Snowballing Sadness

Image Source: Pixabay

Casey Dobson
Opinions Editor

True or false: the worst part of winter is waiting for the bus that is inevitably late, and sometimes never comes.
While some of you may have (completely justifiably) said true to that, a large portion of our population will argue that is a completely false statement. Why?
Because along with an unpredictable bus schedule, winter also brings about SAD (Seasonal Affective Disorder), or better known to some as seasonal depression.
Seasonal Affective Disorder is one of the branches of depression. As with all forms of mental illness, SAD has its own triggers. Changes in seasons are what cause seasonal depression to rear its ugly head. Because of this, SAD follows a cycle, beginning and ending around the same times every year. For many, that means it will start to become problematic in the late stages of fall or the early stages of winter, and tapers off with the sunnier days of spring. While that is the typical pattern, some people will find themselves affected by the opposite cycle; drops in mood at the start of spring and early summer.
One of the biggest problems with Seasonal Affective Disorder is that, for people who have never had to face it, it is something that is incredibly easy to blow off as ‘winter blues’. This means that for people who do find themselves fighting this particular beast, their feelings are often belittled, which can lead to a snowballing of depressive emotions.
While we may not know the exact causes of SAD yet, there are three common factors. Firstly, your biological clock (scientifically known as ‘circadian rhythm’) is thrown for a loop as the seasons change. The reduced sunlight disrupts our internal clock which leads to feelings of depression.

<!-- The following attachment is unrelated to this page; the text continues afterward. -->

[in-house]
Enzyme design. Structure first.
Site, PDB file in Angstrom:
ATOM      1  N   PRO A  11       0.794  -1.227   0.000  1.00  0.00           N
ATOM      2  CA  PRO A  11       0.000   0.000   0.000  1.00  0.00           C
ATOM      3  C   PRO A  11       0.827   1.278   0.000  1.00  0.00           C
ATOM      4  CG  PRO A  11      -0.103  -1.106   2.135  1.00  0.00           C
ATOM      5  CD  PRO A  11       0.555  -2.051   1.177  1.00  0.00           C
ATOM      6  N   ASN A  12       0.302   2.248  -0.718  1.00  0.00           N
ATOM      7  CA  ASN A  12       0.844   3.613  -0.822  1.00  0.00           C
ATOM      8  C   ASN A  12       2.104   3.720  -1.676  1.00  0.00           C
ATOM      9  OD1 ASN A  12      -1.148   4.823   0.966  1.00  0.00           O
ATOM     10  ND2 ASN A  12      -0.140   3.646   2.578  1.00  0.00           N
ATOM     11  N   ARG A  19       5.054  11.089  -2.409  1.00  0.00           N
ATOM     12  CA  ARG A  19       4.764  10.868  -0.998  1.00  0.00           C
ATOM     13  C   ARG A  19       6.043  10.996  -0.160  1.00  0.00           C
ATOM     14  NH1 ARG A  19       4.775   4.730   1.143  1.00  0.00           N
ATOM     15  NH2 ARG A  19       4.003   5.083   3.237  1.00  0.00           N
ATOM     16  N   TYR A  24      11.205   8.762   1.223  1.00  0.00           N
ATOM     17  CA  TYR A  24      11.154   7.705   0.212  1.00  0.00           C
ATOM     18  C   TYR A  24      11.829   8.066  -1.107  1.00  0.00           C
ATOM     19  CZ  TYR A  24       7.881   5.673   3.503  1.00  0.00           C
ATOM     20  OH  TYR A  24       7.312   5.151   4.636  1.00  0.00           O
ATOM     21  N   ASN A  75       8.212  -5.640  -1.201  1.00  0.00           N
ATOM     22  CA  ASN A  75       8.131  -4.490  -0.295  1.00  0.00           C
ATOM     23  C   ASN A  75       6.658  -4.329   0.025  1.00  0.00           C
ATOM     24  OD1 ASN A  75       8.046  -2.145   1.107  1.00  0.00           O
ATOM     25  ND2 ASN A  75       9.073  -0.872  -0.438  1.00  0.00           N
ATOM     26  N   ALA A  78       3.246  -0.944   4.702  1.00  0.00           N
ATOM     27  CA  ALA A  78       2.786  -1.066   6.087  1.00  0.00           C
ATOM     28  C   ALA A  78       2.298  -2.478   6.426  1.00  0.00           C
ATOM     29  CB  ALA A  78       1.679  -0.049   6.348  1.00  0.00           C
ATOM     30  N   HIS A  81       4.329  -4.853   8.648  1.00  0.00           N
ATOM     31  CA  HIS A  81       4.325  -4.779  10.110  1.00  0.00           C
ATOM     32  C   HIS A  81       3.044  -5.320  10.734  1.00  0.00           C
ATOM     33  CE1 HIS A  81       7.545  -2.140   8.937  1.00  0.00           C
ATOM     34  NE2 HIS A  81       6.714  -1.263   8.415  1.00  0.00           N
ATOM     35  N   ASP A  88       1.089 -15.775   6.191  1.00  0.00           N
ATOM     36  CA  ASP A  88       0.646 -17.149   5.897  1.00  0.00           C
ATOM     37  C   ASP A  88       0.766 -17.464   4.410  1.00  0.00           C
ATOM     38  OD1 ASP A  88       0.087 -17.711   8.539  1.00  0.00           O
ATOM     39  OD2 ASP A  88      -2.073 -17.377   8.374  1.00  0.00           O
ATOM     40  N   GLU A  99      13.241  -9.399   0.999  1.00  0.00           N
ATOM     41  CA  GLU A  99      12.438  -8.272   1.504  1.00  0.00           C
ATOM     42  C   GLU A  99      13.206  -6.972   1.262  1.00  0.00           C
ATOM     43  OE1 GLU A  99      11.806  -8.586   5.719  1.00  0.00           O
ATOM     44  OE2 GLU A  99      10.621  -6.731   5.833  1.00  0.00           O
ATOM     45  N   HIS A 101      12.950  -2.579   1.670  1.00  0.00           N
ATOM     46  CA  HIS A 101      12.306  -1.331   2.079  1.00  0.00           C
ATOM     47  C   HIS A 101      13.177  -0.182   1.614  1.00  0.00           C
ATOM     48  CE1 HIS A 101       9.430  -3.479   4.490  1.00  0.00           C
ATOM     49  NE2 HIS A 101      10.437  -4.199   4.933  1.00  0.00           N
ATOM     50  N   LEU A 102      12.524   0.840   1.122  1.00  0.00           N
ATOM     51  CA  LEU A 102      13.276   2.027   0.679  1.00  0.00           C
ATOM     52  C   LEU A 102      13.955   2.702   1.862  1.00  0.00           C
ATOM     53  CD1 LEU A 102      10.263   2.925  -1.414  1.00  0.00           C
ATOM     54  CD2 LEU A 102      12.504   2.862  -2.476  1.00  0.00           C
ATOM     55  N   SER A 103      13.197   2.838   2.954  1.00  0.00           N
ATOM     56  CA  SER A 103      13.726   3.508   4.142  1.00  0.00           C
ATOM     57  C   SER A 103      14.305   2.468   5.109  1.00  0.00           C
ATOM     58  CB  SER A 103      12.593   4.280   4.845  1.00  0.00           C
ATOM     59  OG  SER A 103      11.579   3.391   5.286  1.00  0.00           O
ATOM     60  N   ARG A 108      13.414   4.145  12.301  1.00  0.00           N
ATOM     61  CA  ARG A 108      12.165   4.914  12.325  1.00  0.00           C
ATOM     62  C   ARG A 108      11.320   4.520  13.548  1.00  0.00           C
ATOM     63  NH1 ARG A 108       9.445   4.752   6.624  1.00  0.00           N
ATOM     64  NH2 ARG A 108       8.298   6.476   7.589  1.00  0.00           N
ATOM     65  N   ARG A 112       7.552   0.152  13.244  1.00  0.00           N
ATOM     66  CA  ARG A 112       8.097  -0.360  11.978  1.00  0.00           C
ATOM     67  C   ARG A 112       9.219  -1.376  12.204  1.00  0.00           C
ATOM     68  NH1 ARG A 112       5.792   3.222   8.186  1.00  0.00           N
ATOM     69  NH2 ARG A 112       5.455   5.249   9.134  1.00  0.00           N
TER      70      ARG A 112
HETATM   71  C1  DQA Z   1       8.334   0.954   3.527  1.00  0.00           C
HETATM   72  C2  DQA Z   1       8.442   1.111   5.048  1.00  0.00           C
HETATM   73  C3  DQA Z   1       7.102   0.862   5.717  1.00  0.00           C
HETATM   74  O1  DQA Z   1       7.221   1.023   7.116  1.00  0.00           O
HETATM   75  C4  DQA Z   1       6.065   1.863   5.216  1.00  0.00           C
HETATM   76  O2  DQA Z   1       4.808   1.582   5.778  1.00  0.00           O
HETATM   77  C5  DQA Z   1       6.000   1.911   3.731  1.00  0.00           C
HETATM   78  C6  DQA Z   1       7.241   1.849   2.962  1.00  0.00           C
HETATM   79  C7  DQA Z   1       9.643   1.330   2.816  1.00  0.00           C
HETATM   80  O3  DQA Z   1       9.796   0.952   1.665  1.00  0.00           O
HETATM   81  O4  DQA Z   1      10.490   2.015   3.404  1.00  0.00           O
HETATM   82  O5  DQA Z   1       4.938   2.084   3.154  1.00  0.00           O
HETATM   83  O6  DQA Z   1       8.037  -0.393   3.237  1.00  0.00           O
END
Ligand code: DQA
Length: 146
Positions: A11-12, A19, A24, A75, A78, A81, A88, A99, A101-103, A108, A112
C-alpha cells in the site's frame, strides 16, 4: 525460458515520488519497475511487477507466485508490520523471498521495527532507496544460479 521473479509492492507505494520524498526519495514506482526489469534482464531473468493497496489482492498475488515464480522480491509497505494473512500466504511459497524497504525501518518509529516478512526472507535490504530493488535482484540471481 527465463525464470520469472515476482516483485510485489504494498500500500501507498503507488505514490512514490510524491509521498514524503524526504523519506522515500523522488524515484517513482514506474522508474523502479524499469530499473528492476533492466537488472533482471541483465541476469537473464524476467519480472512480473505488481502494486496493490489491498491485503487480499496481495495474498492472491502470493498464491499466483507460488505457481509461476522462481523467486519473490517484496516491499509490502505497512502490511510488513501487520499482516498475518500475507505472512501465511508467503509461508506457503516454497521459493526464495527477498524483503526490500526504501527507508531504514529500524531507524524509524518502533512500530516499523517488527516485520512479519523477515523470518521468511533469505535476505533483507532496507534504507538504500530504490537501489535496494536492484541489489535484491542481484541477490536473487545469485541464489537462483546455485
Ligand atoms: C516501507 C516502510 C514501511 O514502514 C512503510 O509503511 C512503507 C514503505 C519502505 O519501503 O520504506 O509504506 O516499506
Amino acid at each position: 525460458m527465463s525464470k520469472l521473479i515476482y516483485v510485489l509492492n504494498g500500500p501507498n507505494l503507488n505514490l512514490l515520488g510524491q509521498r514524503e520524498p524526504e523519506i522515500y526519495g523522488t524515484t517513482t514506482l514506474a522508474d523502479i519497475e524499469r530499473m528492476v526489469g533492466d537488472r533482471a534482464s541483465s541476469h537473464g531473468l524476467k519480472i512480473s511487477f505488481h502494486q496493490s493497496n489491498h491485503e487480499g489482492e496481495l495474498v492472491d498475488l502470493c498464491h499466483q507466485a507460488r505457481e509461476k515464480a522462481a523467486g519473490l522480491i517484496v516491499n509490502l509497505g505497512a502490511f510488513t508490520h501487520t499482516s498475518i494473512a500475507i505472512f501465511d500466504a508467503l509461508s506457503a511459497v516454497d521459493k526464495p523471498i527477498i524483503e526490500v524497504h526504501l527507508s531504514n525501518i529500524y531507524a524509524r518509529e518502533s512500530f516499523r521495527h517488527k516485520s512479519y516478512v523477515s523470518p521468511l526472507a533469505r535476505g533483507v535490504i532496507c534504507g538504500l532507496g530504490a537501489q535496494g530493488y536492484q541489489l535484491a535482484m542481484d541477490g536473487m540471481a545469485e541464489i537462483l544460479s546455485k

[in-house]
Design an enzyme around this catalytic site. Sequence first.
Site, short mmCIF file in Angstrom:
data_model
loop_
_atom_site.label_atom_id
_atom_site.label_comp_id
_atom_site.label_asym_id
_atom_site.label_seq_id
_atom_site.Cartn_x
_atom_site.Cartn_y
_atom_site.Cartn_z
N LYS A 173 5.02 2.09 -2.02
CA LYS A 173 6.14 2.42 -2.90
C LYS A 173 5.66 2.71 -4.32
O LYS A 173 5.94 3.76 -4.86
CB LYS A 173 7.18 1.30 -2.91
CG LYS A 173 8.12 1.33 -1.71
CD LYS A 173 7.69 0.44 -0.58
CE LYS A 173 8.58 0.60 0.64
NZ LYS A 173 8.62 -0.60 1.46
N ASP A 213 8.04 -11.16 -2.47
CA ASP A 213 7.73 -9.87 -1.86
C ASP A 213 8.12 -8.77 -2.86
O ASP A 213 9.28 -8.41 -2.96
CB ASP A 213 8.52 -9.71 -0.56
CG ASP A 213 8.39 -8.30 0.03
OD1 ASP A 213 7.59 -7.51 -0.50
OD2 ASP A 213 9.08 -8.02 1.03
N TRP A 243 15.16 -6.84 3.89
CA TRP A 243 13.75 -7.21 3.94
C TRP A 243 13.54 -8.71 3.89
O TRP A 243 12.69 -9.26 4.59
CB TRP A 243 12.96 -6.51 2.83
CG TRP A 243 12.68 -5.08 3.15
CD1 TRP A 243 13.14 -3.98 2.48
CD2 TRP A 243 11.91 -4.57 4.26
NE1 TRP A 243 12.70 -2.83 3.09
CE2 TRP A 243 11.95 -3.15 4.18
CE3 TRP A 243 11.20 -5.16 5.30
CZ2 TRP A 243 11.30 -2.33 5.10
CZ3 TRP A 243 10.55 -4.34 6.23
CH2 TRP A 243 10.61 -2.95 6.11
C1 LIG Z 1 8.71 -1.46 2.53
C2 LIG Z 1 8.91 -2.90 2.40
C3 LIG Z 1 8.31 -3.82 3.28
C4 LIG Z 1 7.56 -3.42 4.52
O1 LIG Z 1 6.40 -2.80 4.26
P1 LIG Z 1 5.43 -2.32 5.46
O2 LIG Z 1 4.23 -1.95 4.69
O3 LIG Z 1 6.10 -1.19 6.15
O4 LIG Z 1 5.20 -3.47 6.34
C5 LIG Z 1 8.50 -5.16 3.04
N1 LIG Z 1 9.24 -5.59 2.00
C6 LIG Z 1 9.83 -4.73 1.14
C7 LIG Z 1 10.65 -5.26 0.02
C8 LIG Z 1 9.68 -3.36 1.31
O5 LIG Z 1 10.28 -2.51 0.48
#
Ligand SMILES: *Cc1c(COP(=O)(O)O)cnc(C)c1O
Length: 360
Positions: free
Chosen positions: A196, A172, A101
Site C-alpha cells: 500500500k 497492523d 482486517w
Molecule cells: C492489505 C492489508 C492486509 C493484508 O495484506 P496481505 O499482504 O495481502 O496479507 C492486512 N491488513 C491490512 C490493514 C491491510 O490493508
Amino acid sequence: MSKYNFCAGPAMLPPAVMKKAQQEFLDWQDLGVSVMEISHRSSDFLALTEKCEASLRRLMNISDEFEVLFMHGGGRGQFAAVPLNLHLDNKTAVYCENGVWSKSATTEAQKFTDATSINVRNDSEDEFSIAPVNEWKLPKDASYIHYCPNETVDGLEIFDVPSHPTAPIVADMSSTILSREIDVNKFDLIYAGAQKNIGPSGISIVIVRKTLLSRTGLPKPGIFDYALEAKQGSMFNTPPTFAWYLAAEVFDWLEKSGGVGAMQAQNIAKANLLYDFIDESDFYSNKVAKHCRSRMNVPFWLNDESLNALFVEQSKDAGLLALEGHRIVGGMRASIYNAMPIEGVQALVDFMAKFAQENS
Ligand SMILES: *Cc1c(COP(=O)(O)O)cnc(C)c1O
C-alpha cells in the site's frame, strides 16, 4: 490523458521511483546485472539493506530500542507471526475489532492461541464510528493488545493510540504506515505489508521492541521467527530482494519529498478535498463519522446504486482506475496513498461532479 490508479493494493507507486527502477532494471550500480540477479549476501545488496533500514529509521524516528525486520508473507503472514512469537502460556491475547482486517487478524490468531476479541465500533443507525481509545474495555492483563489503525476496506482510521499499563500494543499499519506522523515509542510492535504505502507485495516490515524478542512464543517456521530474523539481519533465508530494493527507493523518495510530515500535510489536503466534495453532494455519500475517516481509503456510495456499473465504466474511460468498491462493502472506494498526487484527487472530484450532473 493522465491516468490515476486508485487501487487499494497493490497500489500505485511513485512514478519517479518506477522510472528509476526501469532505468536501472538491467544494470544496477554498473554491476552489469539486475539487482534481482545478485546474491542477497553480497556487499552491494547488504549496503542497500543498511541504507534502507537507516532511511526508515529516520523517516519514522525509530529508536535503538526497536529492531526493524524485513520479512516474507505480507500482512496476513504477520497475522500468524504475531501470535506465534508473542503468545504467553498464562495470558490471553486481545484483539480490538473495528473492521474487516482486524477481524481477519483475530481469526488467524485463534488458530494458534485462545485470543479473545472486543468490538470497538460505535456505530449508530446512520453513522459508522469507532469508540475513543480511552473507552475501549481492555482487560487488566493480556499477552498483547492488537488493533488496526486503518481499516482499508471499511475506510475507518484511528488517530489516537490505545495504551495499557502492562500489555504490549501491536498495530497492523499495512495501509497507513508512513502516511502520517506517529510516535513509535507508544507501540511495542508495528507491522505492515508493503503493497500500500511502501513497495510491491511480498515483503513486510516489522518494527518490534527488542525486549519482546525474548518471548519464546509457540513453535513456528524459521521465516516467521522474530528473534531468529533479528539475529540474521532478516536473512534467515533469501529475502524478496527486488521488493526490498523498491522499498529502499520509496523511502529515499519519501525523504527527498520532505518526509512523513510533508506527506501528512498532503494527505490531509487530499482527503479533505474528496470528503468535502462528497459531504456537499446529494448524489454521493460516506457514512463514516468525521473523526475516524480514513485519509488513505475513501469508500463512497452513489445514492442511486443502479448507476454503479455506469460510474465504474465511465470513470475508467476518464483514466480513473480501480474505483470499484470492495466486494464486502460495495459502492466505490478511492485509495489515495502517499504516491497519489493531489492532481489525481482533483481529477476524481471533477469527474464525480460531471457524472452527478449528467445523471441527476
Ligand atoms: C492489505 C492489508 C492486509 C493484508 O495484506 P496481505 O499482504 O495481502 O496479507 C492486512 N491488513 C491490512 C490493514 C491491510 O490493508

Additionally, the lack of sunlight is one of the chief culprits in the major drop in serotonin levels. Serotonin is the chemical responsible for affecting mood and when our brains don’t produce enough of it (for whatever reason), depression is triggered.
Finally, changes in weather and temperature really disrupt the body’s balance and production of melatonin, the neurotransmitter responsible for sleep and by extension, mood.
Seasonal depression symptoms are naturally quite similar to those of the typical depression disorder. Feeling depressed nearly all of the time, losing interest in once loved activities, low energy, issues with sleep or appetite, unshakeable feelings of hopelessness or guilt, and recurring feelings of agitation or sluggishness are among a myriad of symptoms people living with SAD will endure.
Seasonal Affective Disorder, just like any kind of depression, is not a hopeless cause. If any of the above symptoms sound familiar or are something you recognize as being something you’ve felt, reach out to a medical professional. There are multiple ways a doctor or a mental health professional can diagnose and help patients find treatment for SAD.
As horrifying as reaching out for help can be, suffering alone is something that nobody should ever have to do, especially if the things we want help for have been minimized by everyone around us.
Remember to be kind to one another, because while waiting for a bus to come is undeniably awful, having someone tell you that that is the worst part of winter while you wait for the sun that doesn’t seem to want to come out is the worst bus stop to be waiting at.

Originally Published in Bandersnatch Vol.49 Issue 07 on December 4th, 2019